The demise of Arsene Wenger and Louis van Gaalby Andy Dillon / 13 April 2016, 10:26Tweet
The refreshingly unpredictable nature of the 2015/16 Premier League season has seen Claudio Ranieri's Leicester City leave the division's superpowers in their wake, as they cruise to within touching distance of accomplishing football's most staggering success story.
The Sun's Andy Dillon (@andydillon70) looks at how the demise of veteran gaffers Arsene Wenger and Louis van Gaal has given other managers the chance to shine in the spotlight.
ARSENE WENGER and Louis van Gaal deserve special mention in this most remarkable of football seasons.
Thanks be to them for messing up so spectacularly and allowing the Premier League to breathe again.
Not so many years ago Arsenal and Manchester United had a stranglehold on our national game and were snuffing the life out of it.
For five of six seasons between 1997 & 2003 they took turns to win the title and the so-called best league in the world was a two horse race.
And ever since then four clubs have shared the biggest domestic trophy between them which in other circumstances would trigger an investigation by the monopolies and mergers commission.
Those who love a punt on the horses accept that it is the huge field that makes the Grand National one of the high points of the entire sporting calendar.
When Arsenal and Manchester United were at their imperious best English football was like Spain is now under the odd joint-domination of Barcelona and Real Madrid.
With the odd exception a coin is flipped each August to decide who carries off the title the following Spring.
Of course, the startling performance of Leicester City must be recognised in itself but let's face it they have had some help along the way.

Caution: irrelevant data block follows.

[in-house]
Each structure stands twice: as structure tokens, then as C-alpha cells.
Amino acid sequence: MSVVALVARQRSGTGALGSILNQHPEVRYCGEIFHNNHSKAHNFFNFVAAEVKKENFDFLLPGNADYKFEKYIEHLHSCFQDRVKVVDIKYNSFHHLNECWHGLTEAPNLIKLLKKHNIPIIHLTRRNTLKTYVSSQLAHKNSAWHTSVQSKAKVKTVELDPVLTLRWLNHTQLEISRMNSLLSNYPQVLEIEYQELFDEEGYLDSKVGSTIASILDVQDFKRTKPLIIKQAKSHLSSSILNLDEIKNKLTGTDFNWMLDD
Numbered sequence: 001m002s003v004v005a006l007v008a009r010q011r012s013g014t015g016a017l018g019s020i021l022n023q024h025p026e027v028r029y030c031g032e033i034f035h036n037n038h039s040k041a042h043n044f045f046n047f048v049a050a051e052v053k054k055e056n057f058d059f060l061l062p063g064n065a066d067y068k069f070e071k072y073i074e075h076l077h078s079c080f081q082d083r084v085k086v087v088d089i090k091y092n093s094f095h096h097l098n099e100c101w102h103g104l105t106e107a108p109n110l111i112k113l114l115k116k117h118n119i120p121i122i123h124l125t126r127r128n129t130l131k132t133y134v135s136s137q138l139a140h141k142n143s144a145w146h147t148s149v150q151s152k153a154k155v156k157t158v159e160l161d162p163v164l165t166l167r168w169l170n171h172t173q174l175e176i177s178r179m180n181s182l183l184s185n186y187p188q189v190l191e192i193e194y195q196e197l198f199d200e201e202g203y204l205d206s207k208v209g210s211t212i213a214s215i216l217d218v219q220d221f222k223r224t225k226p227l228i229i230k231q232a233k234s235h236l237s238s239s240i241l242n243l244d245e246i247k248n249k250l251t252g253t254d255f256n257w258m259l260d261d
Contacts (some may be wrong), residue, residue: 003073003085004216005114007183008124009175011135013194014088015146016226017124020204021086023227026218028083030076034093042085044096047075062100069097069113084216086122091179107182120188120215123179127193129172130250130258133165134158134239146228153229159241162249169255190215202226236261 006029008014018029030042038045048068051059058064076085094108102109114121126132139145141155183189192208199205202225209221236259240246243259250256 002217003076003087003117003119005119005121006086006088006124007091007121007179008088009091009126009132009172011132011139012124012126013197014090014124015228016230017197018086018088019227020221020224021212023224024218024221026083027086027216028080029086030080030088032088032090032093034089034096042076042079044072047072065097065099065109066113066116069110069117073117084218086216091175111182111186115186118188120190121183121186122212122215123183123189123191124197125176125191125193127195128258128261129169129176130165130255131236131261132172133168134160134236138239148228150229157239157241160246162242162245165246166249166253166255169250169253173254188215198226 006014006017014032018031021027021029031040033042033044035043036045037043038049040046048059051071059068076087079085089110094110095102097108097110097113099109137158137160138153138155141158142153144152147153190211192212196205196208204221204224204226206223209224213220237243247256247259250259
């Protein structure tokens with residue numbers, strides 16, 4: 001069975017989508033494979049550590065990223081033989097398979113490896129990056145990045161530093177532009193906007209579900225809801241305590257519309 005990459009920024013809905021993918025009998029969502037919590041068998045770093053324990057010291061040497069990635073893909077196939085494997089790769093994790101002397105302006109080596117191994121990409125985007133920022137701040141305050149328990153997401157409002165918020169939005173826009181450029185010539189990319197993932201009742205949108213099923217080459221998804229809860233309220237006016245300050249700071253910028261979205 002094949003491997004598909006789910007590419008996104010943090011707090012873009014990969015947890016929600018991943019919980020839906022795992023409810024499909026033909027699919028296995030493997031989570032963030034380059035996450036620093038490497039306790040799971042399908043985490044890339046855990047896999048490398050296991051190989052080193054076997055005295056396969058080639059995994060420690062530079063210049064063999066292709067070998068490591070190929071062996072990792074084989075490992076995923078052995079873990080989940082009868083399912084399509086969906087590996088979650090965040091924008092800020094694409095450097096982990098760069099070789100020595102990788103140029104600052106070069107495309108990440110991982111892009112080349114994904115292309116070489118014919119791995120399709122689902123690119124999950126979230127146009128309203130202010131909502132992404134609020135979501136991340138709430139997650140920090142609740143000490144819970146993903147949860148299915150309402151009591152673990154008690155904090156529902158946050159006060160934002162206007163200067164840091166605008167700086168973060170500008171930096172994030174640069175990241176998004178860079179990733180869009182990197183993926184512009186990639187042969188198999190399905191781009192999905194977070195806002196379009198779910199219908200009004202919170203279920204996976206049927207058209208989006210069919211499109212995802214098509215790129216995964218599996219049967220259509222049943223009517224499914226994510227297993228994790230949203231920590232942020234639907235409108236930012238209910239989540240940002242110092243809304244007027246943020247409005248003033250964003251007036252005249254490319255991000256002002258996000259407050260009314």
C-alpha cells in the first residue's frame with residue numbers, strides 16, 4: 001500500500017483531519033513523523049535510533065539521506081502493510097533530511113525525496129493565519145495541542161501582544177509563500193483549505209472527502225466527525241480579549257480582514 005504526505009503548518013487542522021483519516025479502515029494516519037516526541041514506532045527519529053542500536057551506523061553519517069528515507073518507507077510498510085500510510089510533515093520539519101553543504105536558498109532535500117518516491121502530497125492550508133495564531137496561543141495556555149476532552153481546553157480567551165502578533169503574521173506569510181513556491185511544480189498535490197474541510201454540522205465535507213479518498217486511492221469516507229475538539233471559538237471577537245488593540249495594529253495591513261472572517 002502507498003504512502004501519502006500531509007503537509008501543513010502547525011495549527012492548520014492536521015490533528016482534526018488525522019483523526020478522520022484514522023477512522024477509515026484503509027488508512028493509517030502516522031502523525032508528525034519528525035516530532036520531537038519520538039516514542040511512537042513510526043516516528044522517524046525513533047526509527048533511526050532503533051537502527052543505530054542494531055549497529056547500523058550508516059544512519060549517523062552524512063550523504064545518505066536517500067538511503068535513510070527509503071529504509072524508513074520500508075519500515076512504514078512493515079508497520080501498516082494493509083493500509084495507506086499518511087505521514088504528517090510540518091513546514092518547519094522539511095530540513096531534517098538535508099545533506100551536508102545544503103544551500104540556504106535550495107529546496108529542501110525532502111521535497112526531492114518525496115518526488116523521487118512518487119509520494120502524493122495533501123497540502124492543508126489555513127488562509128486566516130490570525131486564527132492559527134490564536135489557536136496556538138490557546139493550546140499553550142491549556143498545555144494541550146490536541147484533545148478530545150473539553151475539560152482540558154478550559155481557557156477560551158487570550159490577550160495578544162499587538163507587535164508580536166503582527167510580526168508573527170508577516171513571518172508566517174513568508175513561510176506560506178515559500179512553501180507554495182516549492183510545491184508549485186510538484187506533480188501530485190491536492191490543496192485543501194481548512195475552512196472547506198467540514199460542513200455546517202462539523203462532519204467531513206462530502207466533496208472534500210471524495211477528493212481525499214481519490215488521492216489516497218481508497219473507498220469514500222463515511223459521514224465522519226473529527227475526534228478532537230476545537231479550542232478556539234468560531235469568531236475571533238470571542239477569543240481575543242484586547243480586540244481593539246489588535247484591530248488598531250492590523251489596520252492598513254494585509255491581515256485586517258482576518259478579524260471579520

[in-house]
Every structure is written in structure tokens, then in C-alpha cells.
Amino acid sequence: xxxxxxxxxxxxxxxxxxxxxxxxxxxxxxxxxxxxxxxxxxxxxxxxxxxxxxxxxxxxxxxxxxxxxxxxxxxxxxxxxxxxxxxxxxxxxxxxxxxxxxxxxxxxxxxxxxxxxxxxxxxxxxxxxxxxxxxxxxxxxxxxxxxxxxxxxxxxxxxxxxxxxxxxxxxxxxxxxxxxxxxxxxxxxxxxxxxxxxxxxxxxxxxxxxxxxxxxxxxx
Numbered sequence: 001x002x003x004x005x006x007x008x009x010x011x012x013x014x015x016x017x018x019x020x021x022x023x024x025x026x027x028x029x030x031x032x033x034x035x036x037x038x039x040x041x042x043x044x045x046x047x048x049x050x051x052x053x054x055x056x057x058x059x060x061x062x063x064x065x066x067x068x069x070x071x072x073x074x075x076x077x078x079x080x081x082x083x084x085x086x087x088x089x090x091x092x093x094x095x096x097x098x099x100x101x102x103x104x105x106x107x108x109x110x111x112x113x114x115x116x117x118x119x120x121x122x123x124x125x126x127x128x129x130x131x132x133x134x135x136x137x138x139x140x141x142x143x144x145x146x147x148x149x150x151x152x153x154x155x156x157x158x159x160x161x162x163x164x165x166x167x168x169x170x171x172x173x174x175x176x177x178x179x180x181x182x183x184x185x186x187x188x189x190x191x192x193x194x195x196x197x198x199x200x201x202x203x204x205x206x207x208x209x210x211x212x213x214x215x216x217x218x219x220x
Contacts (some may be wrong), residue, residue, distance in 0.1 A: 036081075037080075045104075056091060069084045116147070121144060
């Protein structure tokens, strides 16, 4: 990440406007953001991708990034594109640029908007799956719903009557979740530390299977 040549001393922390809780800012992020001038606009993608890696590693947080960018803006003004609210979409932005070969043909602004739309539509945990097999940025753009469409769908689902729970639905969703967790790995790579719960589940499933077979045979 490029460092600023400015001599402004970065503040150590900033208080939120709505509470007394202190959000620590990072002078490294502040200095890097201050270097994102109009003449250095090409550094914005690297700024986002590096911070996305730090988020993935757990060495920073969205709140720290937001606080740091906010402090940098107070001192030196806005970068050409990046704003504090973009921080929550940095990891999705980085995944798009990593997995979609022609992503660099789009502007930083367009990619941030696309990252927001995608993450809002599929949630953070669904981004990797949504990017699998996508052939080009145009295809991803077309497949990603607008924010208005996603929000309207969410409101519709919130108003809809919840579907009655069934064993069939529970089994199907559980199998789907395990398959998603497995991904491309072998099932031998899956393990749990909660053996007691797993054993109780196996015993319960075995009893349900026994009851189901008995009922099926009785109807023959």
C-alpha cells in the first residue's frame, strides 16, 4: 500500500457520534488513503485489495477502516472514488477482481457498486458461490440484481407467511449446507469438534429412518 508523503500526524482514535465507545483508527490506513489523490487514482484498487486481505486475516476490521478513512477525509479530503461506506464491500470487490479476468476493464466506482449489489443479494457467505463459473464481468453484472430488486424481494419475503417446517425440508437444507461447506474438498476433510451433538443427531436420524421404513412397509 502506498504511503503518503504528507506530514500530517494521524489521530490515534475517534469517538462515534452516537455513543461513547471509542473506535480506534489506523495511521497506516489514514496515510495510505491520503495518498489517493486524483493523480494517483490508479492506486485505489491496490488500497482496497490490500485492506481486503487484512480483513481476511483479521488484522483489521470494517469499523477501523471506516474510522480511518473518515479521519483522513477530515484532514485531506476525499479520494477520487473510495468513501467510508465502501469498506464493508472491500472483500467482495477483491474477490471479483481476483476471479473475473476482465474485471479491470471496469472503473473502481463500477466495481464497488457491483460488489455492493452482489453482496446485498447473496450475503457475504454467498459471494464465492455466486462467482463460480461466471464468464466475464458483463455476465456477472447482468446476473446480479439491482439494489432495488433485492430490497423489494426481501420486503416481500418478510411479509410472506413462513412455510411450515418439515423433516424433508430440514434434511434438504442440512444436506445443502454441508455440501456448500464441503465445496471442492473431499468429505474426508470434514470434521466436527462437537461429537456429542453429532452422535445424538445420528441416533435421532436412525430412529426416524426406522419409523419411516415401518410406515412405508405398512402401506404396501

Chelsea's dramatic implosion and the erratic performances of Man City have put added wind in their sails.
However, when Arsenal and Manchester United, the two biggest and most established of the modern day big guns stumble so badly, the side effects are electrifying.
Leicester and Tottenham and to a lesser extent West Ham have been allowed to gatecrash the top six party.
In particular, there is not a neutral in the land who is not willing City on to an historic championship which will become the most romantic story ever told on a football pitch.
Wenger and Van Gaal's regular failings have set the stage for it.
When those two giants of the game are in tune there aren't many clubs which can compete with the combination of budget, attitude and energy those teams carry before them in differing measures.
You only need cast your mind back to the days of Roy Keane and Patrick Vieira and you get my drift,
But LVG's poor signings and baffling tactics and Wenger's flaky fancy dans as the Frenchman slowly loses his grip on The Gunners have been as important to this season as Jamie Vardy and Harry Kane.
And let's all raise a glass in toast to them and pray it continues.
The number of people who will remember this season above many others for its rabid unpredictability, sparkle and adrenaline rush vastly outnumbers those who wish Leicester luck through gritted teeth.
Next season may well be totally different of course, The £5 billion TV windfall heading the top clubs' way will only fuel the passion among the relative ‘old money' clubs to up their game a bit.
Chelsea, Manchester City, Man Utd and Arsenal could well be back on top.
But let's hope not - it's only just getting good.